SDS Crystal Ball: Predicting every game for South Carolina football in 2018
Bowl games have a way of shaping perspective.
Had South Carolina continued its woeful offensive start against Michigan in the Outback Bowl, we might be having a different conversation about the Gamecocks right now. Instead, we saw them roar back against one of the nation’s best defenses en route to their ninth victory of the year.
Bryan McClendon shed the interim offensive coordinator tag and suddenly, the outlook for an offense that was ranked No. 99 in scoring has all the optimism in the world. I’ll get to more of that later, though.
It’s because of South Carolina’s fourth-quarter performance against Michigan that I believe the chatter about a potential Week 2 upset against Georgia gained offseason traction. It’s an easy game to look ahead to considering both are expected to finish atop the East division.
But we’ll see if post-Outback bowl hype will carry well into the 2018 regular season, or if that’ll feel like a distant memory.
2017 regular-season record: 8-4 (5-3)
The new offense
McClendon is now the offensive coordinator, former Ole Miss offensive coordinator Dan Werner was brought in as the quarterbacks coach and now the offense is ready to explode … right?
That’s the hope of South Carolina fans following what was clearly a frustrating offensive year, especially after Deebo Samuel went down in Week 3. South Carolina hit the 30-point mark just 3 times in SEC play. In the final 6 regular-season games, Jake Bentley didn’t have a single game with multiple touchdown passes. Might I add that only 2 of those opponents went to bowl games, and FCS Wofford wasn’t one of them.
So now, Gamecocks fans are ready to turn the page. They’re ready to see the step that Bentley was supposed to take last year. Perhaps with Samuel’s return, a more-up tempo offense and a better supporting cast, Bentley will be put in better positions to succeed. McClendon’s system should take pressure off him to go through his progressions, and it’ll instead rely on his ability to make reads at the line of scrimmage.
We got a glimpse of what the offense will look like in the spring game. And while it looked solid, it wasn’t quite old-school Oregon as ESPN’s Tom Luginbill suggested.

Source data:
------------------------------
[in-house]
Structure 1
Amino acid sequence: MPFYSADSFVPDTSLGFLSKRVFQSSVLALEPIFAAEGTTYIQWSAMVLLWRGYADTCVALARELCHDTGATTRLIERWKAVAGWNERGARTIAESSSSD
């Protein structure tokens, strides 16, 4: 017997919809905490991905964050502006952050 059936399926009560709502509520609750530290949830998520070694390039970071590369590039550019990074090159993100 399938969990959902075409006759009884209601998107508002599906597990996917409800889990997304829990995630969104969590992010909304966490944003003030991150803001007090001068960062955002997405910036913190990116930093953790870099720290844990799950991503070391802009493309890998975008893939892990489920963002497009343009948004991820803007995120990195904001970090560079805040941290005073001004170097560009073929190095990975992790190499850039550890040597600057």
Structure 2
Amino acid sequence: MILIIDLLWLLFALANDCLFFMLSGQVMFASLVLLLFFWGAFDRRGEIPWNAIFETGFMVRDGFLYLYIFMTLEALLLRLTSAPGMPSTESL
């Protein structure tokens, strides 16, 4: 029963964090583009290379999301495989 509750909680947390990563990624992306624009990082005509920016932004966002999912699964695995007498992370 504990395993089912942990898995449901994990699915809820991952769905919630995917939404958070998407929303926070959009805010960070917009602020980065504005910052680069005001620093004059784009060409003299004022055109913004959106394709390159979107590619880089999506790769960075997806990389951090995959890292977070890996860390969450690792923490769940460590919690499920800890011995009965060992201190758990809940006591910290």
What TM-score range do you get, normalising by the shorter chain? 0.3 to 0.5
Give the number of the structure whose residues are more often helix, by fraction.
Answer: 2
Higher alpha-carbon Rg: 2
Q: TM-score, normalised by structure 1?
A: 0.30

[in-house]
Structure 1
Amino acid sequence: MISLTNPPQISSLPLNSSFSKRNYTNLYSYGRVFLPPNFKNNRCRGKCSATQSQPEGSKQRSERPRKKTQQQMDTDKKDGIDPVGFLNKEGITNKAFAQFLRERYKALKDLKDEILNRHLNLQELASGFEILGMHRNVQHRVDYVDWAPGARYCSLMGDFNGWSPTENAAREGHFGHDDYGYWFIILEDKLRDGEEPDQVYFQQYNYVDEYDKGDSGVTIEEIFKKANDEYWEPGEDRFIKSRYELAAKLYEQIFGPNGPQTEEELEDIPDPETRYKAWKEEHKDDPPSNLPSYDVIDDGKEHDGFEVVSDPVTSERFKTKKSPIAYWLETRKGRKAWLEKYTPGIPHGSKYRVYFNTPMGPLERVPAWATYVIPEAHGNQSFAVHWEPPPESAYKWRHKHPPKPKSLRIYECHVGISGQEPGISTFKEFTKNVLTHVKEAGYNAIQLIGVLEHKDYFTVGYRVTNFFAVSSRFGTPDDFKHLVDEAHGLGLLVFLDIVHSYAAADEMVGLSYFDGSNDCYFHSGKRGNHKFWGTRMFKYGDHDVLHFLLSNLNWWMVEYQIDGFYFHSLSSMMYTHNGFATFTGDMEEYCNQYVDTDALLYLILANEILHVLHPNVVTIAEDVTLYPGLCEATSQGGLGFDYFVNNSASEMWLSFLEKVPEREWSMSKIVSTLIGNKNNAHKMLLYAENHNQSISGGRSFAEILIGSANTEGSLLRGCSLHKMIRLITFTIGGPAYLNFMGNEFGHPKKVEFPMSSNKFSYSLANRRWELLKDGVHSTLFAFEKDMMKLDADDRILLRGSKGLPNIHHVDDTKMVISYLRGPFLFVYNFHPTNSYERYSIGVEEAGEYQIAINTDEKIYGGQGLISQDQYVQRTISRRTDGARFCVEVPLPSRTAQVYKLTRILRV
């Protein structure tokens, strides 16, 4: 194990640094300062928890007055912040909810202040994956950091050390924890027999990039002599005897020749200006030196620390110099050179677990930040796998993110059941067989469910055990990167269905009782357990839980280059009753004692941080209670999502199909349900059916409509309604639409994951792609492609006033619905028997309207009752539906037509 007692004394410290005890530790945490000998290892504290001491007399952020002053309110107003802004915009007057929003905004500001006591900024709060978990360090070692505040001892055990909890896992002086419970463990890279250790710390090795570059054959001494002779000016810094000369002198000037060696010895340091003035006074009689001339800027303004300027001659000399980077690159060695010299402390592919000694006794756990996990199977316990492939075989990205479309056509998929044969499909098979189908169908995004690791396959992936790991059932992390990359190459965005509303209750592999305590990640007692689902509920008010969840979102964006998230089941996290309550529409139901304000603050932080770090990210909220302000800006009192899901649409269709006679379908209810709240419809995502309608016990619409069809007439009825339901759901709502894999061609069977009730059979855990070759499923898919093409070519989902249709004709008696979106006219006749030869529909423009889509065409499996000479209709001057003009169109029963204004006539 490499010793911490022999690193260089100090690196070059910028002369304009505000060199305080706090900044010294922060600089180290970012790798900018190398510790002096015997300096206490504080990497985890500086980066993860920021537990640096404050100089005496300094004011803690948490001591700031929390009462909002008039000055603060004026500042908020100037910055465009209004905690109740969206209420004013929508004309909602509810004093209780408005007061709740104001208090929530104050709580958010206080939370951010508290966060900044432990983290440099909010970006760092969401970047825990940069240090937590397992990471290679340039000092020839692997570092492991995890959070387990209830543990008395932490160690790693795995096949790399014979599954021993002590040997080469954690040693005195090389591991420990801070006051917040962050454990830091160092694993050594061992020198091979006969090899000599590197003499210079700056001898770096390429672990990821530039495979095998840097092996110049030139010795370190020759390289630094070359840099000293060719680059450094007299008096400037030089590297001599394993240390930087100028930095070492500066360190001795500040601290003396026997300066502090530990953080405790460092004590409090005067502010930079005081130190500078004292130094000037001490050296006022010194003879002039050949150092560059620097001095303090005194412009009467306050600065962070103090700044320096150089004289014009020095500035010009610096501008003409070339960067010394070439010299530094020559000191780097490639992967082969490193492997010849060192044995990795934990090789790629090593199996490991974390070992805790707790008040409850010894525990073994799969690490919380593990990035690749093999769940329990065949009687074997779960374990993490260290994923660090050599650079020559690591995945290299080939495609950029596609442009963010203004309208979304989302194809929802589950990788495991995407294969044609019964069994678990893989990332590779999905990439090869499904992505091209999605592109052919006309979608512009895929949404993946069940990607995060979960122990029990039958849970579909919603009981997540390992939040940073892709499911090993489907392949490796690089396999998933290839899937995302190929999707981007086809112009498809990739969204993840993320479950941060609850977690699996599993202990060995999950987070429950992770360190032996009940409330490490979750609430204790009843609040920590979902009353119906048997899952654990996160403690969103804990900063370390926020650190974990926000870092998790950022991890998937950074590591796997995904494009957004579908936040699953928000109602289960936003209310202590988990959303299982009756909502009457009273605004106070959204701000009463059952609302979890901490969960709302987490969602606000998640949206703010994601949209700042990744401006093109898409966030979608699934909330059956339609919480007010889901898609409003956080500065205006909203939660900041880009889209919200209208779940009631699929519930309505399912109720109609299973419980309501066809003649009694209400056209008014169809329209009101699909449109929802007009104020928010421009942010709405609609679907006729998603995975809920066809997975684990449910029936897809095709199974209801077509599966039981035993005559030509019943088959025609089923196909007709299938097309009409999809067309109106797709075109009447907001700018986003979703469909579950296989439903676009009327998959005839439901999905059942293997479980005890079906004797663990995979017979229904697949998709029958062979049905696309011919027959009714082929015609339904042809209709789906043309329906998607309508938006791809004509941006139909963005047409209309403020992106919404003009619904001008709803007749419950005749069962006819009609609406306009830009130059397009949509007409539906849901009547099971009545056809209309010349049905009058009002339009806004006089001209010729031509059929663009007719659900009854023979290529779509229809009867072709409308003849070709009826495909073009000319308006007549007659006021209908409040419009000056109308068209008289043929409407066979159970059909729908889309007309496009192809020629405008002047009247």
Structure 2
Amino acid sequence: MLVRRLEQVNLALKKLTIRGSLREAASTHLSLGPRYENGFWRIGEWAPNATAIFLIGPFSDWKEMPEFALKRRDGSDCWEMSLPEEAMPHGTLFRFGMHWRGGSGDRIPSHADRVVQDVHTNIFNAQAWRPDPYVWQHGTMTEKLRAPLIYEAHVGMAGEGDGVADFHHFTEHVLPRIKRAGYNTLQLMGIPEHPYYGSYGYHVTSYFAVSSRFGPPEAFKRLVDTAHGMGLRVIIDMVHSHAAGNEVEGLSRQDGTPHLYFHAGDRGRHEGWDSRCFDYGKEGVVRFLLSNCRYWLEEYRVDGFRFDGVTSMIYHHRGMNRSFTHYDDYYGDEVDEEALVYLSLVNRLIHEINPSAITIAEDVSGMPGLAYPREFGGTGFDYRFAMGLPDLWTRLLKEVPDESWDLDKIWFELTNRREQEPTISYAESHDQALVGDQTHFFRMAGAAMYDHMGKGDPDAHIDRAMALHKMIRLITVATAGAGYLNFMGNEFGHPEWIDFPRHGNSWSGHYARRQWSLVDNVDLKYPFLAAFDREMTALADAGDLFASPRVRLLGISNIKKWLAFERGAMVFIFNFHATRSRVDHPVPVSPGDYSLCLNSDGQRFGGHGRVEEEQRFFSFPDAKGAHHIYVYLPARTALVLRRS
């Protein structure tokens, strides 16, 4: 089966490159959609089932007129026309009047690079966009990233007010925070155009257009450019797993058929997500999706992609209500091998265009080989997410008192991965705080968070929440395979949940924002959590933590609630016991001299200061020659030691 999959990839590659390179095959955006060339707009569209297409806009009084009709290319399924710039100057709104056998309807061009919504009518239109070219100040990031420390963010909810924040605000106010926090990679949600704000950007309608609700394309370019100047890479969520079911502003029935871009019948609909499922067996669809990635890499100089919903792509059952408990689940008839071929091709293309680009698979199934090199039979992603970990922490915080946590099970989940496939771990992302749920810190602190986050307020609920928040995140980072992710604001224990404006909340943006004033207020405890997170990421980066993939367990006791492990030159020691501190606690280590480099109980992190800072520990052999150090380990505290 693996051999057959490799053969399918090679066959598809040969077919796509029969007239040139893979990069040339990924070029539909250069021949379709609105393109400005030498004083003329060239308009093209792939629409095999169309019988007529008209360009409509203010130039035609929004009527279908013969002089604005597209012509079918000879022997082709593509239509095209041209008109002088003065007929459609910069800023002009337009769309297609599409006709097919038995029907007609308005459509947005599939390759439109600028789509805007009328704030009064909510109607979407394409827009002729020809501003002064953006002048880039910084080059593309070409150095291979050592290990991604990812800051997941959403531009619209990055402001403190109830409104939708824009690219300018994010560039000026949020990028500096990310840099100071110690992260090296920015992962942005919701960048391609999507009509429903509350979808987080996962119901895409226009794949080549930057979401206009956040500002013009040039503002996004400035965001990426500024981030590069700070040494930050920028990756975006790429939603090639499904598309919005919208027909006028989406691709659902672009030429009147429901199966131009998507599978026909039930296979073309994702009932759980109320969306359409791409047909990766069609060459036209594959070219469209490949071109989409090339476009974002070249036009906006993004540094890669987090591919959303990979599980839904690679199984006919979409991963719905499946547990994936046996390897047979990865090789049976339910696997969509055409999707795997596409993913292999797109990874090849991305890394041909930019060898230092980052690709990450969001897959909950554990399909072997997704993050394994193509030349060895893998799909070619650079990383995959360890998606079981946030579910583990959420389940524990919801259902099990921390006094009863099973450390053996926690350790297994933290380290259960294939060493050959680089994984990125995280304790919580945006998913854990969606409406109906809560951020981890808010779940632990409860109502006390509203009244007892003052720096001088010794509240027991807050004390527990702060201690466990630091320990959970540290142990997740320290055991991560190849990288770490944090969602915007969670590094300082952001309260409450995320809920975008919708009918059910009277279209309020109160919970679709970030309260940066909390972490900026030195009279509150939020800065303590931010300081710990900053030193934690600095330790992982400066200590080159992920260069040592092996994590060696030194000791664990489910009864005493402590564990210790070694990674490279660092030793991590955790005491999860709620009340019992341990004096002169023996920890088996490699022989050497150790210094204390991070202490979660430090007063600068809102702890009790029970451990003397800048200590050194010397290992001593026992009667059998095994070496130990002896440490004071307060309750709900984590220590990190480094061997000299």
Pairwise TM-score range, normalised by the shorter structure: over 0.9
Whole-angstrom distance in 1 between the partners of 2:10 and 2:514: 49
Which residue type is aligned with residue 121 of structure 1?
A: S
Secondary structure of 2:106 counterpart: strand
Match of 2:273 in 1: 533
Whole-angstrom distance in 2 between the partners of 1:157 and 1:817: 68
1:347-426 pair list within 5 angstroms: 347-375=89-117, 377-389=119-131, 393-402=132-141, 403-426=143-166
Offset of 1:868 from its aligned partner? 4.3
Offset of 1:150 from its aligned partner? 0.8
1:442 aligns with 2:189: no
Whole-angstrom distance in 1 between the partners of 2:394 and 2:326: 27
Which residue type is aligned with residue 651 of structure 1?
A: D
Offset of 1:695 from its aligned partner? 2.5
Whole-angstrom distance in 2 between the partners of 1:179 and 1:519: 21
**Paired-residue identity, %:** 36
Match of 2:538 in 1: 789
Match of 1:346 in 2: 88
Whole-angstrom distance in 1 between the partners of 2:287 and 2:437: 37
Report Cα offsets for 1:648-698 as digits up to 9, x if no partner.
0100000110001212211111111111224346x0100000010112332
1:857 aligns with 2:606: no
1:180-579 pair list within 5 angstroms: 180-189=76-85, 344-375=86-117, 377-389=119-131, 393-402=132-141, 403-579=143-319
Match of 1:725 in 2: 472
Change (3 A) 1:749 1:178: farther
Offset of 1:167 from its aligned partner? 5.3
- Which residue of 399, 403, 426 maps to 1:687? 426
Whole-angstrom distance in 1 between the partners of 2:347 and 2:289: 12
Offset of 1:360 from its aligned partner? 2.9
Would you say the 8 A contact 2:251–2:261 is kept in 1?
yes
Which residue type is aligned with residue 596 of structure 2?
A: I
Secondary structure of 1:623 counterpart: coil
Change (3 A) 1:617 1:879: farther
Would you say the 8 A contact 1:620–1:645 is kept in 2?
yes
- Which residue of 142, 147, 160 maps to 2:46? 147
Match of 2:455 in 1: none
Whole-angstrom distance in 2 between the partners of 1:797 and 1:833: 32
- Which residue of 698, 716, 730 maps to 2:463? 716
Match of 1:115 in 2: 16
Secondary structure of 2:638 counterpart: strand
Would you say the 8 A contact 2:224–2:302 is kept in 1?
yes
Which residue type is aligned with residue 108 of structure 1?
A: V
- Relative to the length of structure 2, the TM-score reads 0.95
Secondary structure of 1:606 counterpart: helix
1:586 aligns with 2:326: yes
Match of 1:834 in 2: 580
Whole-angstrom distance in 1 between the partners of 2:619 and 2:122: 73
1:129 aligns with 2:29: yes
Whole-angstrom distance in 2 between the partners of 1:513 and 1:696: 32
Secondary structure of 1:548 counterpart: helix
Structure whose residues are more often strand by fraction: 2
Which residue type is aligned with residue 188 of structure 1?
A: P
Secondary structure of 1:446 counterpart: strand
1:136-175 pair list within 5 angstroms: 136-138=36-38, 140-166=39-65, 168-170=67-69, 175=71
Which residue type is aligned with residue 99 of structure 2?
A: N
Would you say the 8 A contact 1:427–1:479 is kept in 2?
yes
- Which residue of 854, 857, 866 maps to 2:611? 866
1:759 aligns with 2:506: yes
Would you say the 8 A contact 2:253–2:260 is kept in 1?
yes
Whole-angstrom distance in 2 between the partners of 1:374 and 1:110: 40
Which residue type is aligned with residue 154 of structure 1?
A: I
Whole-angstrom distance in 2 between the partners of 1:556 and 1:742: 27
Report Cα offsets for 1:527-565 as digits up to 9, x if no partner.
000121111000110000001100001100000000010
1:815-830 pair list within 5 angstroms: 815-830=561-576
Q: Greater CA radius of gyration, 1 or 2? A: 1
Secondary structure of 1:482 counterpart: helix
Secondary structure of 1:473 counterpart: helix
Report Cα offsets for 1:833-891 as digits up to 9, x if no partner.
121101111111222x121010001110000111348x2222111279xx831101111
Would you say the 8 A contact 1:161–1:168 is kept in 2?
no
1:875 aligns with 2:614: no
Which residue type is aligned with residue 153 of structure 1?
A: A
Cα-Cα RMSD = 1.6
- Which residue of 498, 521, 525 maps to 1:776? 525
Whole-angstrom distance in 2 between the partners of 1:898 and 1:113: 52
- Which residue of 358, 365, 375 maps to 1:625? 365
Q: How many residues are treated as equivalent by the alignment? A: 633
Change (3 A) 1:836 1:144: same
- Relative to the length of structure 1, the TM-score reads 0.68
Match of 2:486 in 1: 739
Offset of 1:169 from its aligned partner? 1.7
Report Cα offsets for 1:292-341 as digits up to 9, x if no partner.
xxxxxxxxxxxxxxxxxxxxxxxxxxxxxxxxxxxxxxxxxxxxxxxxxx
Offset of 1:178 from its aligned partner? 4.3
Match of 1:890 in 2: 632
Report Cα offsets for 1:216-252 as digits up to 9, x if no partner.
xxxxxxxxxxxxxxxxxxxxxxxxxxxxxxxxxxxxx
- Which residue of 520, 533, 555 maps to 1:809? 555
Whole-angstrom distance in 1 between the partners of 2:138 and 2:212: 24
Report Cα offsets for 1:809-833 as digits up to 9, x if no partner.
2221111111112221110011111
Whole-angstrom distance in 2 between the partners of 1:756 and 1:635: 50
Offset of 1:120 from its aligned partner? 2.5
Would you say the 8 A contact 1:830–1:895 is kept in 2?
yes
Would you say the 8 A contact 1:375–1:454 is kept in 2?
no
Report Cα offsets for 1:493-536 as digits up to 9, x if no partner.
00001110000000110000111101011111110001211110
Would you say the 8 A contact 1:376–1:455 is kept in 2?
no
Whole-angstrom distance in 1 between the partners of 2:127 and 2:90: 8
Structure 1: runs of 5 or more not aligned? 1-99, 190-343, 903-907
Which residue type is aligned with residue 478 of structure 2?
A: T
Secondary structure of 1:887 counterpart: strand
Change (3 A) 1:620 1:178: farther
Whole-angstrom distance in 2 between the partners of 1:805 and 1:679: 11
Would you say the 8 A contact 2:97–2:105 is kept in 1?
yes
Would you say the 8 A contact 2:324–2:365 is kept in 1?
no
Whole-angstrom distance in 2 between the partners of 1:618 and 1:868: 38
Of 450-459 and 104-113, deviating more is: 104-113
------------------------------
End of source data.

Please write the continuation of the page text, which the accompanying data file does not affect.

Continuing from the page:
But given the fact that Bentley has an extremely talented group of receivers with the likes of OrTre Smith, Shi Smith, Bryan Edwards and Samuel, there’s reason to believe that this offense can far exceed its weak 2017 showing. Speaking of that …
A healthy Deebo Samuel, please
It’s easy to point at Bentley’s 2017 struggles and link it to Samuel’s injury. The timing of losing a weapon like Samuel in the Kentucky game obviously proved to be costly. We saw just how valuable he was when he was out for the final 10 games. Unfortunately, that’s become all-too-familiar in his career.
It’s somewhat baffling to think that Samuel has played in basically 1.5 seasons as he enters 2018. On the field, he might be the most dangerous player in the country. But before Samuel competes for the Paul Hornung Award (the nation’s most versatile player), he has to stay healthy.
All of those lower body injuries can take a toll. One of the things to watch will be Samuel’s usage. As much as the Gamecocks would love to get him involved in some gadget plays in the running game, they could hold off to preserve him. We already know that Samuel isn’t planning on fair-catching any kickoffs with that new rule. I mean, why would he?
Above all else, South Carolina fans just want to see him build off the connection that he and Bentley developed. In a small sample size in the beginning of 2017, it looked like they were both in store for huge seasons. Samuel’s injury changed all of that.
Can they pick up where they left off? For the sake of being entertained on a given Saturday, let’s hope so.
Is Will Muschamp one of the top 3-4 SEC coaches?
That’s an intriguing question to ask about Muschamp as he enters Year 3 in Columbia. He didn’t win SEC Coach of the Year because of the year that Kirby Smart had, but next to Smart and Nick Saban, are we sure there are many better in the conference?
Think about the situation that Muschamp inherited. Steve Spurrier left in the middle of 2015 because he lost direction of the program. Climbing out of a 3-win hole ain’t easy in the SEC. All Muschamp has done is improve the Gamecocks’ win total by 3 games in each of his first 2 seasons. Keep in mind that feat coincided with Clemson’s rise atop the college football world.
Regardless of what happens in 2018, that’s impressive.
But that’s the great question. How does Muschamp’s reputation change in 2018? There are plenty of people who would reference Muschamp winning SEC Coach of the Year in his second season at Florida, and then going 10-13 and being out of a job 2 years later. If Muschamp can take a step up in Year 3 this time, you’ll see more recognition for the job he has done rebuilding a program that was left in shambles a short time ago.
Week 1: vs. Coastal Carolina (W)
Poor Coastal Carolina. With the Georgia game the following week, there might not be a single Week 1 opponent in America who’s been more overlooked this offseason. It would probably help if the Chanticleers weren’t coming off a 3-win season in the Sun Belt.
Week 2: vs. Georgia (L)
I can’t get there yet. I know it’s at Williams-Brice, and I know the atmosphere is going to be electric. I’m just not willing to say that South Carolina can match Georgia in the trenches for 60 minutes. Kirby Smart’s defense isn’t exactly a fun thing to test drive a new offense against. Georgia has the advantage at the quarterback position, too. Jake Fromm won’t be fazed by the big-time road atmosphere or what’s at stake. He helps the Dawgs overcome a hostile environment and fuels a key early-season win to kick off SEC play.